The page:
What is fortunate, however, is that he has never left his success to odds. He set up schools for refugee children, which brought him to the attention of the International Rescue Committee, who helped him go to study on a scholarship in America. When war ended in 2003, he returned from the US to his country to manage its economic rejuvenation, as Minister of Finance. In Liberian public service for ten years, he dealt with the Ebola crisis, a crash in global commodity prices and an attempt by the Liberian legislature to imprison him.
His previous experience hence makes his new job managing the World Bank’s Fragility, Conflict and Violence (FCV) Hub in Nairobi seem like a walk in the park. I spoke to Konneh just after he finished a conference in the Blavatnik School of Government, on global fragility. It featured experts from all over the world, discussing problems faced by states recovering from conflict, and how to stop them relapsing.
Konneh sees his work in Nairobi very much as part of an international political picture, “today we have more countries on the fragility list than there were in 2006, you have more refugees now than there were in 2000; we need to ask what is going on.”
His leadership has a clear goal; to bring the World Bank back to grassroots level, to the people it serves. “My vision for the hub is to bring the World Bank closer to the clients, to reduce the time from initial commitment in the boardroom in Washington to results on the ground. We will have to engage, we will have to be there with our colleagues who are managing the country.”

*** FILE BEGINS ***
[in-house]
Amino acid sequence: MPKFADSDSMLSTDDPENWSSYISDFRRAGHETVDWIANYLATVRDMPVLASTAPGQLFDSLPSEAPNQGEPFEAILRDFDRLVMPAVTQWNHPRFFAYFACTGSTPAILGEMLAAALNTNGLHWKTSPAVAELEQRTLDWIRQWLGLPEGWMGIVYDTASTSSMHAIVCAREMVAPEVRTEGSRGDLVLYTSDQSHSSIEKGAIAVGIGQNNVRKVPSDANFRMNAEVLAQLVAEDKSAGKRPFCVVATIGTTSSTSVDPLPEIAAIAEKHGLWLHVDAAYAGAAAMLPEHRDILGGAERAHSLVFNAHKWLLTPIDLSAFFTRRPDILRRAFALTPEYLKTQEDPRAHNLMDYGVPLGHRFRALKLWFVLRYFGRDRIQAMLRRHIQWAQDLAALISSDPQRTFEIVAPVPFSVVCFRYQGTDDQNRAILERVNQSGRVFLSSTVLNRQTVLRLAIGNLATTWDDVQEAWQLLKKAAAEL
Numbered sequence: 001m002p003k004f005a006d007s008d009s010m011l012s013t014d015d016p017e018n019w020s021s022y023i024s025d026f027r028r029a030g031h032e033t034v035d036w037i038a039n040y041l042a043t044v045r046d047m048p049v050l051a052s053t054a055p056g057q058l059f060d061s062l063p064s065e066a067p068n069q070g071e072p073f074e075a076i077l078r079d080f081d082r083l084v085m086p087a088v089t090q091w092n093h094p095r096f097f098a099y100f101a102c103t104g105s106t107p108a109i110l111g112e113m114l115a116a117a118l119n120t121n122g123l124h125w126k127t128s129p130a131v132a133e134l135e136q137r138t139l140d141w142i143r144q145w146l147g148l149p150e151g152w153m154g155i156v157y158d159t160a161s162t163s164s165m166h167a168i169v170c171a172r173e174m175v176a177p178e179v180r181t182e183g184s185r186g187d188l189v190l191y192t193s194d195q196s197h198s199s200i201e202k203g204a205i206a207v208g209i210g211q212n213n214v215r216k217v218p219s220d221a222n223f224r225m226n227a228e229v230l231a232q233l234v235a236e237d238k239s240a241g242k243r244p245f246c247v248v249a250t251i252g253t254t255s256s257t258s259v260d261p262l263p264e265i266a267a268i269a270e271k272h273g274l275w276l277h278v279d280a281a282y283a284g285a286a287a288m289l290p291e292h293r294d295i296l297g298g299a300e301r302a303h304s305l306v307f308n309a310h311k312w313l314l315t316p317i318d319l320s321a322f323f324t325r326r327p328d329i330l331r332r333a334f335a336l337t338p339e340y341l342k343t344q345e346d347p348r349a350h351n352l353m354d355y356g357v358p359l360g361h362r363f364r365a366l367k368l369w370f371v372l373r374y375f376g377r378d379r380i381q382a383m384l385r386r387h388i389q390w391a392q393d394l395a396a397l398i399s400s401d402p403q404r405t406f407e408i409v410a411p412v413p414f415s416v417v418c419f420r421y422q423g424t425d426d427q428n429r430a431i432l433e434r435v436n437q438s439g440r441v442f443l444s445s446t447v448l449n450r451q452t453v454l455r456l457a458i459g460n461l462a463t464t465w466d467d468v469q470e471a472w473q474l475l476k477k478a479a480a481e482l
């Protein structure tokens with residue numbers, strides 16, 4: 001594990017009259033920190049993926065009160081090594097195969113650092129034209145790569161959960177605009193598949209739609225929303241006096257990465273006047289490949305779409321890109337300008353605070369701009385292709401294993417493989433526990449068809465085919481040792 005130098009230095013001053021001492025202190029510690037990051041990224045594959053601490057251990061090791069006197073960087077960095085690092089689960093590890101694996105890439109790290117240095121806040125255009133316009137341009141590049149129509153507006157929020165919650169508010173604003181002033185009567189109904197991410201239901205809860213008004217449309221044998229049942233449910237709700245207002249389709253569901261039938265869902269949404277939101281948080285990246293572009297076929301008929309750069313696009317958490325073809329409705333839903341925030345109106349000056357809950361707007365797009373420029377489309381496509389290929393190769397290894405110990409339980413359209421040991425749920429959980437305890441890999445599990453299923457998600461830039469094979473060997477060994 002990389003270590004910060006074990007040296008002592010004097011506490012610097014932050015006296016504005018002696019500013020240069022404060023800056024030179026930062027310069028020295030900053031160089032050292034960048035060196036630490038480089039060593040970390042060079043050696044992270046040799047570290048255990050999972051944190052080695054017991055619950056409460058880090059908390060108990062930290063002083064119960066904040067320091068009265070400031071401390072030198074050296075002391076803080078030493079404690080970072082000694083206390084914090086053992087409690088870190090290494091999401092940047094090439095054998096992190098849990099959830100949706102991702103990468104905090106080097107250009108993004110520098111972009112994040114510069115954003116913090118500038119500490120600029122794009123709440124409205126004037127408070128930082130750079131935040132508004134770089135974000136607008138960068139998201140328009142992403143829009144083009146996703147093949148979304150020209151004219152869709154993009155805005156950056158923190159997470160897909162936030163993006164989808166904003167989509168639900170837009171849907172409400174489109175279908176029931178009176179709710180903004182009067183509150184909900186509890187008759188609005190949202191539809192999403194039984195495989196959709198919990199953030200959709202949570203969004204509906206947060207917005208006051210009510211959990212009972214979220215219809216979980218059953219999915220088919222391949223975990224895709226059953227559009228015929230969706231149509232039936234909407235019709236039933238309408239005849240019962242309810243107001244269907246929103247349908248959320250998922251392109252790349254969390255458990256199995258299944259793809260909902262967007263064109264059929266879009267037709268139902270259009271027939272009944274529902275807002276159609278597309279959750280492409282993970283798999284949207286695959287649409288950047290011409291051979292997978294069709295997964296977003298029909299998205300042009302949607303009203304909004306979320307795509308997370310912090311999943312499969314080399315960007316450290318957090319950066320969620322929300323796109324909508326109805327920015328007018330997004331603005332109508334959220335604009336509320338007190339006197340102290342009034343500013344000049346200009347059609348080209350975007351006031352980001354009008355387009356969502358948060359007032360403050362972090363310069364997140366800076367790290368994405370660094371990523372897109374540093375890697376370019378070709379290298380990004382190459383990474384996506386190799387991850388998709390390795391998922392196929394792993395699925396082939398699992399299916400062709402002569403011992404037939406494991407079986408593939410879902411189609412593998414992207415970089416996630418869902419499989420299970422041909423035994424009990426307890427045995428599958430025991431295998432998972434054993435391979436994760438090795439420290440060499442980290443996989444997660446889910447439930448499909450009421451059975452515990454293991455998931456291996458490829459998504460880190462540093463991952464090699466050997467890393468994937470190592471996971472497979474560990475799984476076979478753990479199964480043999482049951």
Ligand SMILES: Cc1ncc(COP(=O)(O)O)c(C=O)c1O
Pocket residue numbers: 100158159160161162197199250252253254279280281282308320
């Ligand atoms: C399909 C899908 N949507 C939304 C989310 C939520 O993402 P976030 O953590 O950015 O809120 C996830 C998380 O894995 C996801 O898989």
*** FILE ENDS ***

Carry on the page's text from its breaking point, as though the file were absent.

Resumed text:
Fragile states is Konneh’s new currency, and he works as much as a political strategist as an economist: “when a country is classified as fragile it speaks to the inability of the government to deliver basic services to the people, to provide fair and adequate security, to provide the space for equitable justice and rule of law.”
A textbook case of fragile statehood, then, was the Liberia he returned to after 14 years of bloody civil war. The control exerted by central government was flimsy. The GDP had dropped by 90%, electricity and running water were non existent. Mr Konneh had his work cut out.
His logical, pragmatic approach to reconstructing Liberia mirrors his undergraduate background in computer science, “think of post-conflict state building as a computer. You have the hardware which is the computer itself, and then the software, the programmes that make the computer work.”
“In most post-conflict countries, infrastructure is missing. You need infrastructure to get the economy going, to create the jobs to attract the private sector. So roads, energy, airports, seaports; you have to rebuild everything to rehabilitate, that’s the hard part.”
“But, you also have to address the “soft” issues around human conflict. Issues of governance, for example. You have to create a civil service for the public when most civil servants will have been fighters in the war. You need the correct form of human capital for the hardware to work.”
“The other software component is extending government to the interior of the country; people after war will still feel the exclusion from the government that made them participate in the conflict in the first place.”
After ten years of peace and recovery, West African states were knocked double by the Ebola crisis and a dramatic fall in global commodity prices. Konneh campaigned to have the economic effects of Ebola recognised, setting up the Ebola Trust Fund. The Liberian economy is only just getting back on its feet. What can developing economies learn from this?